San Francisco is a sanctuary city. This means it does not cooperate with federal authorities when processing illegals caught committing crimes. This is especially true with juveniles. So what do they do with the influx of Honduran "juveniles" who are caught selling heroin and cocaine?
Read it sitting down:
Rather than have the drug offenders deported, [juvenile probation officials] have recommended that Juvenile Court judges and commissioners approve city-paid flights home to Honduras for the offenders with the aim of reuniting them with their families.
The practice ... does nothing to prevent offenders from coming back, while federal deportation legally bars them from ever returning. Federal officials say U.S. law prohibits helping an illegal immigrant to cross the border, even if it is to return home.
Those who are arrested routinely say they are minors, but police suspect that many are actually adults, living communally in Oakland and other cities at the behest of drug traffickers who claim to be their relatives.
Nonetheless, city authorities have typically accepted the suspects' stories and handled the cases in Juvenile Court, where proceedings are often shielded from public scrutiny.
"Some of them have been arrested four or five times," Capt. Tim Hettrich, until recently the head of the narcotics unit, said. "That is one of the big problems with being a city of sanctuary."
He scoffed at San Francisco's strategy of returning the offenders to their home country. "They probably get the round trip and the next day, they will be right back here," Hettrich said.
Joseph Russoniello, the U.S. attorney in charge of the San Francisco area, said he was "flabbergasted that the taxpayers' money was being spent for the purpose of ferrying detainees home. You have to have a perfect storm of dumb moves to have it happen."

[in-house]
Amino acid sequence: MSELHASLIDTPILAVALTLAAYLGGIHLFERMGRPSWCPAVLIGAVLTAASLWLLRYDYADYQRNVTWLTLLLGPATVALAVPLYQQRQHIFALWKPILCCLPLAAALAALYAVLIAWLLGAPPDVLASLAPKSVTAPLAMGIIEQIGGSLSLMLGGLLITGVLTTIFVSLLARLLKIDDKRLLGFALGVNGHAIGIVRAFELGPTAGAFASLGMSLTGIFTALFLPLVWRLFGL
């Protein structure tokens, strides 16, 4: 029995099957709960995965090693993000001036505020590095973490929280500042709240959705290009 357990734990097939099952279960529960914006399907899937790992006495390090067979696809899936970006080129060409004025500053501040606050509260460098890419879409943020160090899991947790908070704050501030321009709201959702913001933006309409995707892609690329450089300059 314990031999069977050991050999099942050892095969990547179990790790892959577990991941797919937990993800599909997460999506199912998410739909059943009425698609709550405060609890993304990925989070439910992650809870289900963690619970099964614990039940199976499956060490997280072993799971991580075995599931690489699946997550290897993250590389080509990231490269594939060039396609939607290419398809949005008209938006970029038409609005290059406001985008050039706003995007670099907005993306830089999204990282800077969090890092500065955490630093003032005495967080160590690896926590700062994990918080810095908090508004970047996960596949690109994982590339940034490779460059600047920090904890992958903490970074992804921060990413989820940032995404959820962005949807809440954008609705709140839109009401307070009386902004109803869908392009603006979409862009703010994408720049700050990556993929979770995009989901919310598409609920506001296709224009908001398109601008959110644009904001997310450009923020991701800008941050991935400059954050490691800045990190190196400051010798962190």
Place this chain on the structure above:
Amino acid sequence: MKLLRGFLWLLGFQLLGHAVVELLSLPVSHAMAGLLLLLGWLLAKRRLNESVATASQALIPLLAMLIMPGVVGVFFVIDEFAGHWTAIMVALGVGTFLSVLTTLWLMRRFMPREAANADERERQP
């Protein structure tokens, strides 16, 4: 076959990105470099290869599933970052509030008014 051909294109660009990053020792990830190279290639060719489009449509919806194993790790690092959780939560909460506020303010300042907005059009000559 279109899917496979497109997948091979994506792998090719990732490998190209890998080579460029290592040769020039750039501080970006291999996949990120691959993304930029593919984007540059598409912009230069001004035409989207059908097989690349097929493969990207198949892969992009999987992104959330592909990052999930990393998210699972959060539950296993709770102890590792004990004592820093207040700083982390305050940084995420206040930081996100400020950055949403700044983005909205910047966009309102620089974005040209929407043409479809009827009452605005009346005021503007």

William Siffermann, chief of San Francisco's Juvenile Probation Department, said .... the city's stance is that it does not have to report illegal immigrant minors to the federal government, even if they are found in Juvenile Court to have committed a crime.
Siffermann stressed that the city ships out juvenile offenders to their home countries only after all other rehabilitative efforts have failed, including probation, foster care and juvenile detention.
The strategy is appropriate, Siffermann said, because deporting young offenders would doom them from ever becoming productive residents of the United States. "It might prevent them from obtaining citizenship," he said, denying them a chance to "take a different course."
A recent count showed 22 of the 125 minors in custody at juvenile hall were immigrants and had no legal guardians in the United States, Siffermann said.
So the people of San Francisco pay for the arrest, processing, detention, probation, and flights back to Honduras for criminals who may not even be juveniles, so that nothing goes on their record that would keep them from someday becoming citizens of the U.S.
Isn't this precisely who we want as citizens of this country, people who came here illegally to sell crack cocaine to destroy the lives of those who use their merchandise?
Here's an idea. Let's deport Sifferman to Honduras.RLC